U.C. ordered to pay $40M refund to students

About 40,000 current and former University of California students are due to get $40 million in refunds as a result of an action by the state Supreme Court on Wednesday.

The high court in San Francisco refused to hear the university's appeal of a Court of Appeal decision that concluded the university broke promises not to raise student fees in 2003.

The action means the appeals court ruling, issued in San Francisco in November, is the final decision in the case.

The financial compensation includes both $28 million in refunds and about $12 million in interest.

The largest portion, about $33 million in refunds and interest, is due to about 9,000 students in professional schools such as law, medicine and business whose fees were raised in 2003.

The appeals court said the university violated an implied contract it created when it said on its Web site and some catalogs until 2003 that professional degree fees would remain constant during a student's enrollment.

The professional degree fees are in addition to the educational fees paid by all UC students. The university, citing fiscal problems, began raising the professional fees substantially in 2003.

Another $7 million in refunds and interest is due to 31,000 undergraduate and graduate students whose educational fees were raised in 2003 after they had paid their bills for the spring or summer term.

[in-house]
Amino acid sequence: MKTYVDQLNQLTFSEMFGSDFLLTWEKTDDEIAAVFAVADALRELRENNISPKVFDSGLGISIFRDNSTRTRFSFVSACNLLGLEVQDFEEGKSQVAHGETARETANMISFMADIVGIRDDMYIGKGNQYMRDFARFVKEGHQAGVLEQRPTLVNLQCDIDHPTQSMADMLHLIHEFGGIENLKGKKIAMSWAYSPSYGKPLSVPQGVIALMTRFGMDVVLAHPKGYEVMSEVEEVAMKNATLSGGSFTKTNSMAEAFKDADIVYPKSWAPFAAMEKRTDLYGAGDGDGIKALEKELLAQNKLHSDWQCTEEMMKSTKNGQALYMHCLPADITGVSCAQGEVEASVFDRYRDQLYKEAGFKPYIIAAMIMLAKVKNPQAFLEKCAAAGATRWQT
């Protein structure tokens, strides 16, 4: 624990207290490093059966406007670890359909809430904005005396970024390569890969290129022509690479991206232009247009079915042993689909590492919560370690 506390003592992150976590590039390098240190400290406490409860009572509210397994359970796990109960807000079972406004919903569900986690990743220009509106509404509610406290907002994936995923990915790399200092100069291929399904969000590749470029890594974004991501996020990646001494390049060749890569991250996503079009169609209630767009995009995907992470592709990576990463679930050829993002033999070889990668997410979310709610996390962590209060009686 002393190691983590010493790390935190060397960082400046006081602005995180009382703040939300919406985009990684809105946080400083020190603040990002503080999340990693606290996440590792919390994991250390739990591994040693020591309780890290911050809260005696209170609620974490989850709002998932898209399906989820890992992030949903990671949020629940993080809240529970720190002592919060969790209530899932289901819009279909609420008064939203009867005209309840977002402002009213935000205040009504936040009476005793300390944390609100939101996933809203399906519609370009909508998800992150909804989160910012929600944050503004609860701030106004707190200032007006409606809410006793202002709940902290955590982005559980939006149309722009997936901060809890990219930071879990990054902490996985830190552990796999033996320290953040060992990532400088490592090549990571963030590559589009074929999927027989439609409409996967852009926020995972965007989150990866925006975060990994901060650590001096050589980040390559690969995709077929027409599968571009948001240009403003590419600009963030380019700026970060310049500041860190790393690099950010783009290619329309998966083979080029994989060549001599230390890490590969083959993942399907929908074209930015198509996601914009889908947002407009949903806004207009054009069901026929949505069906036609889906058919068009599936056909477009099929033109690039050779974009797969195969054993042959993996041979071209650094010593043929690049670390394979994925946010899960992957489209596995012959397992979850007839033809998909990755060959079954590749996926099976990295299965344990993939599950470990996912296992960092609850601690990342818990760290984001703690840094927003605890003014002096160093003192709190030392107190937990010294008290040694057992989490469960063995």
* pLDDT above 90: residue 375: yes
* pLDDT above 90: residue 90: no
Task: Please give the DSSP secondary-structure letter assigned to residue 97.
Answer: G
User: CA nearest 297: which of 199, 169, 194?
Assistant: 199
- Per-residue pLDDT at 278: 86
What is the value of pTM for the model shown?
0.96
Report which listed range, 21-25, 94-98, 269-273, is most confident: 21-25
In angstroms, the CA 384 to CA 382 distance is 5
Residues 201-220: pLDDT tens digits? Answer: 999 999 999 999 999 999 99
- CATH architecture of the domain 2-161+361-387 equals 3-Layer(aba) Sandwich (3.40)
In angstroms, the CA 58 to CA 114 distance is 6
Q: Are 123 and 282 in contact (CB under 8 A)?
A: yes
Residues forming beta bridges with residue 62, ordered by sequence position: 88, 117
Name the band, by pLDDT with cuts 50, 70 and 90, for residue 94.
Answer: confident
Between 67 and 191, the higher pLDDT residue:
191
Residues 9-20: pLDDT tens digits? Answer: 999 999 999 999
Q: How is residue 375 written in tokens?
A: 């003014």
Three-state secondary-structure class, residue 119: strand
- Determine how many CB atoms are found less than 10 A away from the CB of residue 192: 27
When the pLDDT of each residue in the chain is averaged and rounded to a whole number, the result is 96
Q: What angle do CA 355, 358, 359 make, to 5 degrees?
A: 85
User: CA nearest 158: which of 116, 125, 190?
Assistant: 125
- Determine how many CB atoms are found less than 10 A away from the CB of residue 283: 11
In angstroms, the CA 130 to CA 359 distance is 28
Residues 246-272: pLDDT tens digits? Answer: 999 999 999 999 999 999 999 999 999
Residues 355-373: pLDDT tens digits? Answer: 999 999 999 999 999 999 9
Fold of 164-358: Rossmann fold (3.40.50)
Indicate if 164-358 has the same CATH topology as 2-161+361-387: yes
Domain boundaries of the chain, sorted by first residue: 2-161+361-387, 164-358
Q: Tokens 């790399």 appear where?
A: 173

The court said the paid bills created a contract for that term and the educational fees could not be increased until the following term.

UC spokesman Ricardo Vazquez said, “We're disappointed. It certainly has a financial impact.”

Vazquez said, “The university is looking at its options and consulting with the university community.”

Bay City News

Bay Area NewsLocal

If you find our journalism valuable and relevant, please consider joining our Examiner membership program.
Find out more at www.sfexaminer.com/join/

Just Posted

A health care worker receives the Moderna COVID-19 vaccine. (Go Nakamura/Getty Images/TNS)
City sets ambitious goal to vaccinate residents by June

Limited supply slows distribution of doses as health officials seek to expand access

U.S. President-elect Joe Biden and Jill Biden arrive at Biden's inauguration on the West Front of the U.S. Capitol on January 20, 2021, in Washington, DC.  (Win McNamee/Getty Images/TNS)
Joe Biden issues call for ‘unity’ amidst extreme partisan rancor

‘I will be a president for all Americans,’ he says in inauguration speech

MARIETTA, GA - NOVEMBER 15: Democratic U.S. Senate candidates Jon Ossoff (R) and Raphael Warnock (L) of Georgia taps elbows during a rally for supporters on November 15, 2020 in Marietta, Georgia. Both become senators Wednesday.  (Jenny Jarvie/Los Angeles Times/TNS)
Vice President Harris swears in senators Padilla, Warnock, Ossoff

New Democratic senators tip balance of power in upper legislative house

President Joe Biden plans to sign a number of executive orders over the next week. (Biden Transition/CNP/Zuma Press/TNS)
Biden signals new direction by signing mask order on his first day in office

President plans ambitious 10-day push of executive orders, legislation

Kamala Harris is sworn in as vice president by U.S. Supreme Court Associate Justice Sonia Sotomayor as her husband Doug Emhoff looks on at the inauguration of U.S. President Joe Biden on the West Front of the U.S. Capitol on Jan. 20, 2021, in Washington, D.C. (Alex Wong/Getty Images/TNS)
A new turn in history: Kamala Harris sworn in as 49th vice president

Noah Bierman and Melanie Mason Los Angeles Times Kamala Devi Harris, born… Continue reading

Most Read